Class imbalance refers to the scenario where certain classes are highly under-represented compared to other classes in terms of the availability of training data. This situation hinders the applicability of conventional machine learning algorithms to most of the classification problems where class imbalance is prominent. Most existing methods addressing class imbalance either rely on sampling techniques or cost-sensitive learning methods; thus inheriting their shortcomings. In this paper, we introduce a novel approach that is different from sampling or cost-sensitive learning based techniques, to address the class imbalance problem, where two samples are simultaneously considered to train the classifier. Further, we propose a mechanism to use a single base classifier, instead of an ensemble of classifiers, to obtain the output label of the test sample using majority voting method. Experimental results on several benchmark datasets clearly indicate the usefulness of the proposed approach over the existing state-of-the-art techniques.

In partial label learning, each training example is assigned a set of candidate labels, only one of which is the ground-truth label. Existing partial label learning frameworks either assume each candidate label of equal confidence or consider the ground-truth label as a latent variable hidden in the indiscriminate candidate label set, while the different labeling confidence levels of the candidate labels are regrettably ignored. In this paper, we formalize the different labeling confidence levels as the latent label distributions, and propose a novel unified framework to estimate the latent label distributions while training the model simultaneously. Specifically, we present a biconvex formulation with constrained local consistency and adopt an alternating method to solve this optimization problem. The process of alternating optimization exactly facilitates the mutual adaption of the model training and the constrained label propagation. Extensive experimental results on controlled UCI datasets as well as real-world datasets clearly show the effectiveness of the proposed approach.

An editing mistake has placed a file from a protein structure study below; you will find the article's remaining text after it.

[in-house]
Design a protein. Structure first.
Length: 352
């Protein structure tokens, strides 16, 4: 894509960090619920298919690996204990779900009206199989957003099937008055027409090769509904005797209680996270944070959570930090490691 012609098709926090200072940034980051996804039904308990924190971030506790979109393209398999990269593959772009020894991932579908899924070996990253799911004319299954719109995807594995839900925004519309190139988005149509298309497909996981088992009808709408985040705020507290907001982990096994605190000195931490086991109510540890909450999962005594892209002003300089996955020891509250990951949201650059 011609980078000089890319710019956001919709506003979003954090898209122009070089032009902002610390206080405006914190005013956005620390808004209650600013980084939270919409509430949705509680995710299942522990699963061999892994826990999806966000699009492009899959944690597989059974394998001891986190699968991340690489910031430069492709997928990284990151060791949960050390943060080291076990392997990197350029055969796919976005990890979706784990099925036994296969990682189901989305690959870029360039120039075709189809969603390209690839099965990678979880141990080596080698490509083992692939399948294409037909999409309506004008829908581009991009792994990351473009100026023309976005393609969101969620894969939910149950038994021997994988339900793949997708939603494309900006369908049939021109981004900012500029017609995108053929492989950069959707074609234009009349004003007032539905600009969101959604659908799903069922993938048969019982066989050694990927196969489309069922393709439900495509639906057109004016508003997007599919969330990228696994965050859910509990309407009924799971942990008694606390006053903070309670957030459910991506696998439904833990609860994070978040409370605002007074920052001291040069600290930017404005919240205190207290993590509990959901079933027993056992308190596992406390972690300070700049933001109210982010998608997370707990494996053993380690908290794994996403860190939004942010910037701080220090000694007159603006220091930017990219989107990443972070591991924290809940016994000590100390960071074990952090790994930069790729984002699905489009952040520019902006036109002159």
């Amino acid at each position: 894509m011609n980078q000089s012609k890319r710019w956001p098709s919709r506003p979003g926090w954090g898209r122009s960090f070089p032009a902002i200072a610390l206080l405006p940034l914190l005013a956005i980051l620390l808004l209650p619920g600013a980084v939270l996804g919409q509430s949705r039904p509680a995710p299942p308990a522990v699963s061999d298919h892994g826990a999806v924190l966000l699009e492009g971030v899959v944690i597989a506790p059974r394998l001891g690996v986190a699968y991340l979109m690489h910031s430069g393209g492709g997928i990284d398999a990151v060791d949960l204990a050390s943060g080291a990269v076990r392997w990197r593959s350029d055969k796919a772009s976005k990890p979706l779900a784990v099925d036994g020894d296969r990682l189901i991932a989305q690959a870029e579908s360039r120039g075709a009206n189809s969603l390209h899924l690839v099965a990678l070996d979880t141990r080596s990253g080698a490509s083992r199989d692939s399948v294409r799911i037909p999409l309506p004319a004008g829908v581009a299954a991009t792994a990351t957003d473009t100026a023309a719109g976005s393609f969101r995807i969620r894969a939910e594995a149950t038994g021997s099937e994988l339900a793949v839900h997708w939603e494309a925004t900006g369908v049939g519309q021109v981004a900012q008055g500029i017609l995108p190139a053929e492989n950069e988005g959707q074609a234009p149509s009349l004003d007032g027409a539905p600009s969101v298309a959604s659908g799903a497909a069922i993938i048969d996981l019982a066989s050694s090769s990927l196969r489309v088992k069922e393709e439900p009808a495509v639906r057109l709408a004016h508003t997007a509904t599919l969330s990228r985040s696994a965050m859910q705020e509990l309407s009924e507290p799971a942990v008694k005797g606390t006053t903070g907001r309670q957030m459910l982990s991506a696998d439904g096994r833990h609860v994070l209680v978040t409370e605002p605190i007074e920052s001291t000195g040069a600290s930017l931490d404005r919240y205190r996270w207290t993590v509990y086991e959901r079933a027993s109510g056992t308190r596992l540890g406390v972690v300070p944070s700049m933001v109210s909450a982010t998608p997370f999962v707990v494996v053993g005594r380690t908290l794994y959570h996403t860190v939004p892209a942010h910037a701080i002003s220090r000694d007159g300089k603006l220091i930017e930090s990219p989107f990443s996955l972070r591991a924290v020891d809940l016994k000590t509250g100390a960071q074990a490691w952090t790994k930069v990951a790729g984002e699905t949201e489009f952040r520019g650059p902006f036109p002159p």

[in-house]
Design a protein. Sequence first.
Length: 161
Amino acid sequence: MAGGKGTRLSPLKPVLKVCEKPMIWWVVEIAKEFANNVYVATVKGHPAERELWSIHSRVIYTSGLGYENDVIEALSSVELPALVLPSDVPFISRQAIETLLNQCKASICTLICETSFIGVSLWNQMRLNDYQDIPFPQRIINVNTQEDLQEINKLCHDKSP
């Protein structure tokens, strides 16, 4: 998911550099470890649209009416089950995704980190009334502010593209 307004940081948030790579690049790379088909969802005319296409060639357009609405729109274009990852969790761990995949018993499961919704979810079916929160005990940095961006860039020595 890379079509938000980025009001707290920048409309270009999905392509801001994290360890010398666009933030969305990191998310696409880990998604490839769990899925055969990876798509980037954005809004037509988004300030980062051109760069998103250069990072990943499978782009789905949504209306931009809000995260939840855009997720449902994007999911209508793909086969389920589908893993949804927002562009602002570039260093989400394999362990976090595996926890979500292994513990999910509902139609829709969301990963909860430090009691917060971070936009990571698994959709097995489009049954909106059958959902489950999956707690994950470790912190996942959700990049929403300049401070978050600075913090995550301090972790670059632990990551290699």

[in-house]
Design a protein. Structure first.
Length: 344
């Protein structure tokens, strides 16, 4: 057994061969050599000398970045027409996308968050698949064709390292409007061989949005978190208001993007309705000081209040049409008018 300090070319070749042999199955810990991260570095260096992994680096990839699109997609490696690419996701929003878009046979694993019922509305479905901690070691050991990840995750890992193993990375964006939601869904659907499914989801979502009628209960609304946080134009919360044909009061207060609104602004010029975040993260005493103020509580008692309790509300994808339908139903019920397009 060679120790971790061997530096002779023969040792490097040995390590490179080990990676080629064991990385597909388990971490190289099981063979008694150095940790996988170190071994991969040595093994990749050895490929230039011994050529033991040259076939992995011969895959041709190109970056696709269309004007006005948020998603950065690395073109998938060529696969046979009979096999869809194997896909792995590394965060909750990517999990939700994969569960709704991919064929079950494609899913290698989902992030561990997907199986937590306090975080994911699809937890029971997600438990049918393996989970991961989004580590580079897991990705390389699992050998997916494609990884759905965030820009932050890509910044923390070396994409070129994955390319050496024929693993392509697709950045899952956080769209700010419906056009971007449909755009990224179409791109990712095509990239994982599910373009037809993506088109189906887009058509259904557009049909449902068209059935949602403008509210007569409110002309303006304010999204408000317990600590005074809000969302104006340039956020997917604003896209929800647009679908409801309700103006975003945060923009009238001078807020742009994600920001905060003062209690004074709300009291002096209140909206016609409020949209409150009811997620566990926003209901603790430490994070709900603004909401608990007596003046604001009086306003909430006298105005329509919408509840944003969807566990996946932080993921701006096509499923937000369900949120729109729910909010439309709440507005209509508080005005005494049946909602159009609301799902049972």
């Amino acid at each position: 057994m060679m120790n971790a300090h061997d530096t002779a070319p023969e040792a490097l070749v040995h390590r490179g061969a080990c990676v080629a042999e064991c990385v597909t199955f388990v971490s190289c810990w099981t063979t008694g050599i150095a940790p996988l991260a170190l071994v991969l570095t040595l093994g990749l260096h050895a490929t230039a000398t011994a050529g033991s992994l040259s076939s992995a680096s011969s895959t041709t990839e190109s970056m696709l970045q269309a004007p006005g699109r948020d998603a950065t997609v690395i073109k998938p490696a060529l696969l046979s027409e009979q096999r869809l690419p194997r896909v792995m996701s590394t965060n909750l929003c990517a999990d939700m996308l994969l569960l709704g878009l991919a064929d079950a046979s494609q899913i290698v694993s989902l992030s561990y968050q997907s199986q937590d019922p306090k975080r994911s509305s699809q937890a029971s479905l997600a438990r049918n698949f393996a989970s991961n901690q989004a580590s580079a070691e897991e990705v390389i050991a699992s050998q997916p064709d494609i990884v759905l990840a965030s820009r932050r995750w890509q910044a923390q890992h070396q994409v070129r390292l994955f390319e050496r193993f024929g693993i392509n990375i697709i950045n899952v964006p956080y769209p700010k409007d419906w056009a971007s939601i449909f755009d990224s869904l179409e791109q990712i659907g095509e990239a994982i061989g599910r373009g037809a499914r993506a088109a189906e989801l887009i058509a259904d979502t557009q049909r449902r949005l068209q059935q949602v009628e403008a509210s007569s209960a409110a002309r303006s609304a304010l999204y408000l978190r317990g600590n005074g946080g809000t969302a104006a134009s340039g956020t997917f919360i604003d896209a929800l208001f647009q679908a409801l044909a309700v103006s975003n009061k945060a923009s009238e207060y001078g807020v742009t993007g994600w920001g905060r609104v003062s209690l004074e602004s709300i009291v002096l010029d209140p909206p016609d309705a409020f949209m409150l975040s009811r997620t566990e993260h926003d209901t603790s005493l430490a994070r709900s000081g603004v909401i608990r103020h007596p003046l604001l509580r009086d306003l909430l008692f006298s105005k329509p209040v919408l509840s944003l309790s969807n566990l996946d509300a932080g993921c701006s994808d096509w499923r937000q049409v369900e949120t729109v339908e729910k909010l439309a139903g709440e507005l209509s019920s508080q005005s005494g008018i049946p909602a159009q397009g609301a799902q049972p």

Building multiple hash tables has been proven a successful technique for indexing massive databases, which can guarantee a desired level of overall performance. However, existing hash based multi-indexing methods suffer from the heavy redundancy, without strong table complementarity and effective hash code learning. To address the problems, this paper proposes a complementary binary quantization (CBQ) method to jointly learning multiple hash tables. It exploits the power of incomplete binary coding based on prototypes to align the original space and the Hamming space, and further utilizes the nature of multi-indexing search to jointly reduce the quantization loss based on the prototype based hash function. Our alternating optimization adaptively discovers the complementary prototype sets and the corresponding code sets of a varying size in an efficient way, which together robustly approximate the data relations. Our method can be naturally generalized to the product space for long hash codes. Extensive experiments carried out on two popular large-scale tasks including Euclidean and semantic nearest neighbor search demonstrate that the proposed CBQ method enjoys the strong table complementarity and significantly outperforms the state-of-the-art, with up to 57.76\% performance gains relatively.

Generative Moment-Matching Network (GMMN) is a deep generative model, which employs maximum mean discrepancy as the objective to learn model parameters. However, this model can only generate samples, failing to infer the latent code from samples for downstream tasks. In this paper, we propose a novel Joint Generative Moment-Matching Network (JGMMN), which learns the structural latent code for unsupervised inference. Specifically, JGMMN has a generation network for the generation task and an inference network for the inference task. We first reformulate this model as the two joint distributions matching problem. To solve this problem, we propose to use the Joint Maximum Mean Discrepancy (JMMD) as the objective to learn these two networks simultaneously. Furthermore, to enforce the consistency between the sample distribution and the inferred latent code distribution, we propose a novel multi-modal regularization to enforce this consistency. At last, extensive experiments on both synthetic and real-world datasets have verified the effectiveness and correctness of our proposed JGMMN.

Sparse learning models have shown promising performance in the high dimensional machine learning applications. The main challenge of sparse learning models is how to optimize it efficiently. Most existing methods solve this problem by relaxing it as a convex problem, incurring large estimation bias. Thus, the sparse learning model with nonconvex constraint has attracted much attention due to its better performance. But it is difficult to optimize due to the non-convexity. In this paper, we propose a linearly convergent stochastic second-order method to optimize this nonconvex problem for large-scale datasets. The proposed method incorporates second-order information to improve the convergence speed. Theoretical analysis shows that our proposed method enjoys linear convergence rate and guarantees to converge to the underlying true model parameter. Experimental results have verified the efficiency and correctness of our proposed method.